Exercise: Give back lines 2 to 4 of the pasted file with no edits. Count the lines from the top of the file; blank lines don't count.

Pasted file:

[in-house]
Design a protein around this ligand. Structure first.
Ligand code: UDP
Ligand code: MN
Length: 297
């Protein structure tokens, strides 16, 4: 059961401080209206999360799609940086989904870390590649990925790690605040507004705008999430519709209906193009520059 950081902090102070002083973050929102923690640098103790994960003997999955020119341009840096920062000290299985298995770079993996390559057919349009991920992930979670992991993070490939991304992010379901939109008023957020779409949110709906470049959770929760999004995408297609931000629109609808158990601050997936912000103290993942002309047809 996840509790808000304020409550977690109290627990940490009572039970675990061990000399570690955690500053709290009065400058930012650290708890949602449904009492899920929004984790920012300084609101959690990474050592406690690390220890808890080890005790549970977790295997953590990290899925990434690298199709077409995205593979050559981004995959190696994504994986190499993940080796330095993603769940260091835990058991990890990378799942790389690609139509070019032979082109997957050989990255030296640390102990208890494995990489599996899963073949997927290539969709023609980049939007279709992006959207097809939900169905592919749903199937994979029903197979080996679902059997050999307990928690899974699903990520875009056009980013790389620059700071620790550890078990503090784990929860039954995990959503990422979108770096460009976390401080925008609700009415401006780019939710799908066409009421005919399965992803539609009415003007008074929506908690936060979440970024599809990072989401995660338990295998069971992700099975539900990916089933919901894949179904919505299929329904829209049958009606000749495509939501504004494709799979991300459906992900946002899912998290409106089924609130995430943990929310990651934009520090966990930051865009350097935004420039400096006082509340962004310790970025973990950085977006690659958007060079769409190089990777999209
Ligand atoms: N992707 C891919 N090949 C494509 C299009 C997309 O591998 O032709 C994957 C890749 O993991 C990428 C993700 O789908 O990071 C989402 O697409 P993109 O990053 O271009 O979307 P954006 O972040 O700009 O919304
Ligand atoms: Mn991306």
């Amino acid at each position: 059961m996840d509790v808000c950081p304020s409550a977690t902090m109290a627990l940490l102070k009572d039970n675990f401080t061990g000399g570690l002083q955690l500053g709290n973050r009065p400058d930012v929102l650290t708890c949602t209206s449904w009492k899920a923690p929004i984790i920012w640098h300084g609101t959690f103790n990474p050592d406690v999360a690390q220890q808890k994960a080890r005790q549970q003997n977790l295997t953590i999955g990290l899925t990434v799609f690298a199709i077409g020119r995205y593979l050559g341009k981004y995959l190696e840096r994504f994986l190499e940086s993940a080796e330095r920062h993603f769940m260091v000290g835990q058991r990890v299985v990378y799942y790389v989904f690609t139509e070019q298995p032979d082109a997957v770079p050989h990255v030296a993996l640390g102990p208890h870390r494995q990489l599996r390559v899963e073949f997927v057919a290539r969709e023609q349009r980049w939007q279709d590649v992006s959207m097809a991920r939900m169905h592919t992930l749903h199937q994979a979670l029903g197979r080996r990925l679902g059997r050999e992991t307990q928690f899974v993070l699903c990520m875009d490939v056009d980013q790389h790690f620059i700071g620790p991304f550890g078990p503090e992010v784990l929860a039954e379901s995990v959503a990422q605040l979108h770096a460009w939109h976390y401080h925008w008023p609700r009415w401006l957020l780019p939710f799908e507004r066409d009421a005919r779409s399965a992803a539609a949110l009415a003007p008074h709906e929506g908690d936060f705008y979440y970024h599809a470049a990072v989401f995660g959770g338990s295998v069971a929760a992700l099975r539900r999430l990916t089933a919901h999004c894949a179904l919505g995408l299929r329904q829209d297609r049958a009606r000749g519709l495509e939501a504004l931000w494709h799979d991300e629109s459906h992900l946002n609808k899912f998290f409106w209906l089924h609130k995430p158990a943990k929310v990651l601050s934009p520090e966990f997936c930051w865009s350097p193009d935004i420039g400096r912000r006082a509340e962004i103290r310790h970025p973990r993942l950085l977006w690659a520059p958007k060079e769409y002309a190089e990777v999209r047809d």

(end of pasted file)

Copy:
Design a protein around this ligand. Structure first.
Ligand code: UDP
Ligand code: MN